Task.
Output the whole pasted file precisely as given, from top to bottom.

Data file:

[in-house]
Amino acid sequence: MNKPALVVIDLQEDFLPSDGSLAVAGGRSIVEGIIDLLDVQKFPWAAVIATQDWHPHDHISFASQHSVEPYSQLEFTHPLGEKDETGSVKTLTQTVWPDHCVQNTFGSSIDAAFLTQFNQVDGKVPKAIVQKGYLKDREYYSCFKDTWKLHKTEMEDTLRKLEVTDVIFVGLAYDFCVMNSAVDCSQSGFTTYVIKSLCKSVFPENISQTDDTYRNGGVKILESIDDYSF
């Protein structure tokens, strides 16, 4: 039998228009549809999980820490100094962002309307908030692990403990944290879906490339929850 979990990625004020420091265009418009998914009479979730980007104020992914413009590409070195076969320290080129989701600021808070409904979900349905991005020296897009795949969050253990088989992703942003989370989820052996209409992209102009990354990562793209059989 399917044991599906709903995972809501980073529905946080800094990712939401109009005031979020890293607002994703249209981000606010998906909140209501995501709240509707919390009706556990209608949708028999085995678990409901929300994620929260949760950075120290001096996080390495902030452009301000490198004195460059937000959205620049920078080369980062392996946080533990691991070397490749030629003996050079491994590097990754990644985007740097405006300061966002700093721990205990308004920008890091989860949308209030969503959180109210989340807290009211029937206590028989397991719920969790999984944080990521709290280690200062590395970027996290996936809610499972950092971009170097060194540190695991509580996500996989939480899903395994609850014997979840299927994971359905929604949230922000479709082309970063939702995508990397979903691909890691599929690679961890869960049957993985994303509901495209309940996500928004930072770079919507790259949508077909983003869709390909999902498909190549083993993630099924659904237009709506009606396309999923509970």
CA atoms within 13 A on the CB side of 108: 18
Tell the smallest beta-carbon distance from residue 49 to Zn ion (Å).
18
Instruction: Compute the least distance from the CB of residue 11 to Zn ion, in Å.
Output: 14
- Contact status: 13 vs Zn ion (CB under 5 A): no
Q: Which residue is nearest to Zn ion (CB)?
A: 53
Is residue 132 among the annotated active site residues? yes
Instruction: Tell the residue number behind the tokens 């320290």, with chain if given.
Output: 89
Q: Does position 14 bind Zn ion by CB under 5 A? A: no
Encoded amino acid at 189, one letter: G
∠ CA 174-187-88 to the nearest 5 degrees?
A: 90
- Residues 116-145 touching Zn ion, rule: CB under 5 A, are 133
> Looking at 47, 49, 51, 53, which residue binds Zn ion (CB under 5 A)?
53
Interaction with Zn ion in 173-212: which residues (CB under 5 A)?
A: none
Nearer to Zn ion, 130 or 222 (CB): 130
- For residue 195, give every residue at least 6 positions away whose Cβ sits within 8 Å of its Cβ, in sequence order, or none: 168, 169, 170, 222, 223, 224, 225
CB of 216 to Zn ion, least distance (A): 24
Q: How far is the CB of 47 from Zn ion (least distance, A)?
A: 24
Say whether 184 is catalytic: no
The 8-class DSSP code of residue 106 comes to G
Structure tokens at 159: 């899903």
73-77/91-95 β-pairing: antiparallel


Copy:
[in-house]
Amino acid sequence: MNKPALVVIDLQEDFLPSDGSLAVAGGRSIVEGIIDLLDVQKFPWAAVIATQDWHPHDHISFASQHSVEPYSQLEFTHPLGEKDETGSVKTLTQTVWPDHCVQNTFGSSIDAAFLTQFNQVDGKVPKAIVQKGYLKDREYYSCFKDTWKLHKTEMEDTLRKLEVTDVIFVGLAYDFCVMNSAVDCSQSGFTTYVIKSLCKSVFPENISQTDDTYRNGGVKILESIDDYSF
């Protein structure tokens, strides 16, 4: 039998228009549809999980820490100094962002309307908030692990403990944290879906490339929850 979990990625004020420091265009418009998914009479979730980007104020992914413009590409070195076969320290080129989701600021808070409904979900349905991005020296897009795949969050253990088989992703942003989370989820052996209409992209102009990354990562793209059989 399917044991599906709903995972809501980073529905946080800094990712939401109009005031979020890293607002994703249209981000606010998906909140209501995501709240509707919390009706556990209608949708028999085995678990409901929300994620929260949760950075120290001096996080390495902030452009301000490198004195460059937000959205620049920078080369980062392996946080533990691991070397490749030629003996050079491994590097990754990644985007740097405006300061966002700093721990205990308004920008890091989860949308209030969503959180109210989340807290009211029937206590028989397991719920969790999984944080990521709290280690200062590395970027996290996936809610499972950092971009170097060194540190695991509580996500996989939480899903395994609850014997979840299927994971359905929604949230922000479709082309970063939702995508990397979903691909890691599929690679961890869960049957993985994303509901495209309940996500928004930072770079919507790259949508077909983003869709390909999902498909190549083993993630099924659904237009709506009606396309999923509970």
CA atoms within 13 A on the CB side of 108: 18
Tell the smallest beta-carbon distance from residue 49 to Zn ion (Å).
18
Instruction: Compute the least distance from the CB of residue 11 to Zn ion, in Å.
Output: 14
- Contact status: 13 vs Zn ion (CB under 5 A): no
Q: Which residue is nearest to Zn ion (CB)?
A: 53
Is residue 132 among the annotated active site residues? yes
Instruction: Tell the residue number behind the tokens 């320290």, with chain if given.
Output: 89
Q: Does position 14 bind Zn ion by CB under 5 A? A: no
Encoded amino acid at 189, one letter: G
∠ CA 174-187-88 to the nearest 5 degrees?
A: 90
- Residues 116-145 touching Zn ion, rule: CB under 5 A, are 133
> Looking at 47, 49, 51, 53, which residue binds Zn ion (CB under 5 A)?
53
Interaction with Zn ion in 173-212: which residues (CB under 5 A)?
A: none
Nearer to Zn ion, 130 or 222 (CB): 130
- For residue 195, give every residue at least 6 positions away whose Cβ sits within 8 Å of its Cβ, in sequence order, or none: 168, 169, 170, 222, 223, 224, 225
CB of 216 to Zn ion, least distance (A): 24
Q: How far is the CB of 47 from Zn ion (least distance, A)?
A: 24
Say whether 184 is catalytic: no
The 8-class DSSP code of residue 106 comes to G
Structure tokens at 159: 């899903």
73-77/91-95 β-pairing: antiparallel